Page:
Weddings in tropical destinations have exploded in popularity in recent years and many couples are choosing Belize as the perfect destination in which to say "I do". Ambergris Caye (pronounced "key"), a remote island off the coast of Belize, is especially popular with visitors and brides-to-be, with its laid-back island vibe, sandy streets, and limited car traffic.
The 25-mile long spit of land just south of the Costa Maya in Mexico's Yucatan peninsula has a lot going for it. English is the spoken language, since Belize was formerly British Honduras, and is just a short flight from the US. Islanders are super friendly and welcoming to visitors. The island also sits along the largest barrier reef in the Western Hemisphere, making it a prime spot for fishing, diving, and snorkeling.
A relatively undiscovered outpost until the millennium, it was the reality TV show "Temptation Island" that really put Belize - and Ambergris Caye - on the map in 2001. Places like Captain Morgan's Retreat (where the single men stayed) and Matachica (where the single women stayed) were discovered and have become hugely popular for posh island-style weddings.
One night in 2004, as we walked the beach from our hotel at Belizean Shores to our dinner destination, we passed a sunset wedding happening on the beach at Captain Morgan's Retreat. Naturally, we and every other passerby stopped to watch, but it soon became apparent that something was amiss. The bride and some of her guests were huddled together talking with the Officiant, while the groom who was slumped down in a green plastic lawn chair was being carried away by two of his groomsmen. It wasn't clear whether the wedding had taken place or not, but we overheard guests saying the bride was clearly upset. Well, I could understand why. I would be quite pissed off if my groom arrived drunk to our destination wedding. "Oh that's not why she's upset" said one of the guests. "She didn't want the green plastic lawn chair in the pictures!"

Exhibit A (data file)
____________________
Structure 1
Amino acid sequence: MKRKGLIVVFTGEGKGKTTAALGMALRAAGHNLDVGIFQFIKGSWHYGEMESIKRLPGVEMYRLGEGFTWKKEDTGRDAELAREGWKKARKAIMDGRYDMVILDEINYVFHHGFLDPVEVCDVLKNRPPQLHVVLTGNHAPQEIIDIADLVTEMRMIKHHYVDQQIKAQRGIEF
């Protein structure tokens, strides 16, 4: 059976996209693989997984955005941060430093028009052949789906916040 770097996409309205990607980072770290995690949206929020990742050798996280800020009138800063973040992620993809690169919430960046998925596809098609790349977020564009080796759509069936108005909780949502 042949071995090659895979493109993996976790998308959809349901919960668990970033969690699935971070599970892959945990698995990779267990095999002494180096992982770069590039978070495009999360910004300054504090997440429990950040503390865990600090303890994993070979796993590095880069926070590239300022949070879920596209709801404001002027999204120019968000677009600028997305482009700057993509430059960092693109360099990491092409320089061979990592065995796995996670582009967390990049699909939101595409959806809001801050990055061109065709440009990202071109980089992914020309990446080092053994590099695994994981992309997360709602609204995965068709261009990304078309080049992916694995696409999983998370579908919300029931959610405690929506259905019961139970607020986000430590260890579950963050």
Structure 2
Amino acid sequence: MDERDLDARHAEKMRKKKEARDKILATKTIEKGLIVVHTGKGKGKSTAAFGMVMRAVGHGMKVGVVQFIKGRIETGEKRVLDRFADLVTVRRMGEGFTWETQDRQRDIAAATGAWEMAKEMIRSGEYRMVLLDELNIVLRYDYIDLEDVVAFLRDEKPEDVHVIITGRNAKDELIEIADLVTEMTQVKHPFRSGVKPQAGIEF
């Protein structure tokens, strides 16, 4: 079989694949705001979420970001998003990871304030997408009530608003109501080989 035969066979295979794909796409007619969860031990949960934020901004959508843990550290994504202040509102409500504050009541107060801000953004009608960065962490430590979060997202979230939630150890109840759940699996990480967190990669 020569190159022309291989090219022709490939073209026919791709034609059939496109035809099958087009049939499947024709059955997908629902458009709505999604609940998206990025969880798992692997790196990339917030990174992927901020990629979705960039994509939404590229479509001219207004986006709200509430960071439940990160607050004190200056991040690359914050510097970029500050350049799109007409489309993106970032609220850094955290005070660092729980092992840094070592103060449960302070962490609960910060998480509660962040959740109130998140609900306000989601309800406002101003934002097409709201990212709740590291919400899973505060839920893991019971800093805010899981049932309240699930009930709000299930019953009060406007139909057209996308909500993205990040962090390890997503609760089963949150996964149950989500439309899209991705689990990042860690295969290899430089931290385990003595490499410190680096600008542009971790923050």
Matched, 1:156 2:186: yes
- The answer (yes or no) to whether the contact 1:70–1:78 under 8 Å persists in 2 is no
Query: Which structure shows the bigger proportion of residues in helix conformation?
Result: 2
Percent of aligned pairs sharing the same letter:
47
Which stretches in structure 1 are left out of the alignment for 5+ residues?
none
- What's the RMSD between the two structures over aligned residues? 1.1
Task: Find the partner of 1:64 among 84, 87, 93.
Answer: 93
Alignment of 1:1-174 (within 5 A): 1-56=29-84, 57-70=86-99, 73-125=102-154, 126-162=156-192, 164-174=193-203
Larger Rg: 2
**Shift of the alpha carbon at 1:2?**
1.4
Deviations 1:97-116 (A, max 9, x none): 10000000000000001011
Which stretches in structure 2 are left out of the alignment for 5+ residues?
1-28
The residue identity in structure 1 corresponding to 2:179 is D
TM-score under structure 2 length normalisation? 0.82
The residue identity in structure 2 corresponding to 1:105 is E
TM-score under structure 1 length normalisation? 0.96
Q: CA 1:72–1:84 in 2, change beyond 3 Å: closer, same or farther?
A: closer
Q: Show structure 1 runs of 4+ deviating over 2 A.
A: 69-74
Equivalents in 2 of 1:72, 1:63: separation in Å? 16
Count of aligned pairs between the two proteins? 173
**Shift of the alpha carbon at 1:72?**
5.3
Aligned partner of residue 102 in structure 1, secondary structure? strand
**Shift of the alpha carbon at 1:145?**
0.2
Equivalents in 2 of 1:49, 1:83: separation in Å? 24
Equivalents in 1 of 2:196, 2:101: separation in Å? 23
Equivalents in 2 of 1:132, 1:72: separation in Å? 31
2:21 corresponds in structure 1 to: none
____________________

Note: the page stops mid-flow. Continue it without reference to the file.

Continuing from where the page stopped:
Clearly neither the Groom nor his Groomsmen had taken much seriously - they were absolutely smashed! But it was well past our dinner reservation time, so we moved on up the beach to dinner.
Early the next morning, we caught our flight from Ambergris to the mainland a little late and were the last passengers in line at the tiny airport. There was no assigned seating on the puddle-jumper flight and just two seats remained open. My husband took the one next to the pilot, leaving me with the only one left in the very back seat of the plane - between two of the groomsmen from the night before. I recognized them immediately, and within minutes learned the sordid details of the wedding that did NOT officially occur.
They asked where I was heading (New Jersey), I asked where they were heading (Dallas), and for the next 15 minutes or so I listened to fraternity tales of the drunken wedding that didn't occur. They seemed to relish in their mischief with little regard for the bride, though if 'the plastic chair in the pictures' story was true, perhaps she wasn't much better. Boy, these guys were annoying and arrogant! Was I crazy or were they still drunk?
At the airport in Belize City, we finally boarded our plane for Newark, making our way down the gangway and into the plane. Once again we were the last to board, and the flight attendants immediately closed the door behind us and prepared for departure. And who do I see as soon as I board the plane, settling in to his comfy blanket and pillow, but the arrogant groomsman from the wedding that didn't occur.
With a look of surprise, he looked up at me. "I thought you said you were going to New Jersey", he said smugly, as if I'd clearly made a wrong turn and gotten on the wrong flight.
I looked at him with a knowing smile, realizing he had no idea it was HE who'd settled in to the wrong plane, and said "I am!"